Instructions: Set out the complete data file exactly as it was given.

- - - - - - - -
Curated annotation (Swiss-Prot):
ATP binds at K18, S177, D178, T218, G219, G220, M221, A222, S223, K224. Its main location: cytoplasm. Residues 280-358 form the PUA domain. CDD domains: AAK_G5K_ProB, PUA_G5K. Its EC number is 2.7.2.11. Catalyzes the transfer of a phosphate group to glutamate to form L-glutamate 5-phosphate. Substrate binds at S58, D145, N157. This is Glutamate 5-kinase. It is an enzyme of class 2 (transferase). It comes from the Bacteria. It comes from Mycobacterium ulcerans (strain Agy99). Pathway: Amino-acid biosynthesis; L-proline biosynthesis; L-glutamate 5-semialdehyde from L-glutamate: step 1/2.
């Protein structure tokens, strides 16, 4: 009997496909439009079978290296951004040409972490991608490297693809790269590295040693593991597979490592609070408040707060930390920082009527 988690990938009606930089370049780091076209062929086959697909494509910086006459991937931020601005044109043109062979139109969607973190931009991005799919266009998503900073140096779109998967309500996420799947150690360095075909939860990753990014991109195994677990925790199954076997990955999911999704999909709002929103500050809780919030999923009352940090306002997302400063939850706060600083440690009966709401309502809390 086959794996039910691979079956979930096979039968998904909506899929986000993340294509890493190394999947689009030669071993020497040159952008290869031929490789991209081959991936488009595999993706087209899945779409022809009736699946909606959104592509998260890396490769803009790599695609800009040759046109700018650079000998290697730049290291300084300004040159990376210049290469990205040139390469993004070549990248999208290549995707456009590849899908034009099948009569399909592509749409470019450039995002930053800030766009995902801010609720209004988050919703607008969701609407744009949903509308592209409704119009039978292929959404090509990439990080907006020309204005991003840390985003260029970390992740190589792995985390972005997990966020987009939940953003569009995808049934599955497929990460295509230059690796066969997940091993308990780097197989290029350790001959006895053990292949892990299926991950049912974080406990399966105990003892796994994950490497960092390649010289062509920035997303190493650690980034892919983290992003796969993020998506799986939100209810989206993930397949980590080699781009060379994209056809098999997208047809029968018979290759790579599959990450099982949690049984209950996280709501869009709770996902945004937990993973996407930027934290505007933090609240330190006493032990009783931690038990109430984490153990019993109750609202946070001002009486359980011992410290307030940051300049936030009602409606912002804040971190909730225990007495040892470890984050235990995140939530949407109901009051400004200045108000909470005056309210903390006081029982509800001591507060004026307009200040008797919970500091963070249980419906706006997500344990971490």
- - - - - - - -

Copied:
Curated annotation (Swiss-Prot):
ATP binds at K18, S177, D178, T218, G219, G220, M221, A222, S223, K224. Its main location: cytoplasm. Residues 280-358 form the PUA domain. CDD domains: AAK_G5K_ProB, PUA_G5K. Its EC number is 2.7.2.11. Catalyzes the transfer of a phosphate group to glutamate to form L-glutamate 5-phosphate. Substrate binds at S58, D145, N157. This is Glutamate 5-kinase. It is an enzyme of class 2 (transferase). It comes from the Bacteria. It comes from Mycobacterium ulcerans (strain Agy99). Pathway: Amino-acid biosynthesis; L-proline biosynthesis; L-glutamate 5-semialdehyde from L-glutamate: step 1/2.
């Protein structure tokens, strides 16, 4: 009997496909439009079978290296951004040409972490991608490297693809790269590295040693593991597979490592609070408040707060930390920082009527 988690990938009606930089370049780091076209062929086959697909494509910086006459991937931020601005044109043109062979139109969607973190931009991005799919266009998503900073140096779109998967309500996420799947150690360095075909939860990753990014991109195994677990925790199954076997990955999911999704999909709002929103500050809780919030999923009352940090306002997302400063939850706060600083440690009966709401309502809390 086959794996039910691979079956979930096979039968998904909506899929986000993340294509890493190394999947689009030669071993020497040159952008290869031929490789991209081959991936488009595999993706087209899945779409022809009736699946909606959104592509998260890396490769803009790599695609800009040759046109700018650079000998290697730049290291300084300004040159990376210049290469990205040139390469993004070549990248999208290549995707456009590849899908034009099948009569399909592509749409470019450039995002930053800030766009995902801010609720209004988050919703607008969701609407744009949903509308592209409704119009039978292929959404090509990439990080907006020309204005991003840390985003260029970390992740190589792995985390972005997990966020987009939940953003569009995808049934599955497929990460295509230059690796066969997940091993308990780097197989290029350790001959006895053990292949892990299926991950049912974080406990399966105990003892796994994950490497960092390649010289062509920035997303190493650690980034892919983290992003796969993020998506799986939100209810989206993930397949980590080699781009060379994209056809098999997208047809029968018979290759790579599959990450099982949690049984209950996280709501869009709770996902945004937990993973996407930027934290505007933090609240330190006493032990009783931690038990109430984490153990019993109750609202946070001002009486359980011992410290307030940051300049936030009602409606912002804040971190909730225990007495040892470890984050235990995140939530949407109901009051400004200045108000909470005056309210903390006081029982509800001591507060004026307009200040008797919970500091963070249980419906706006997500344990971490």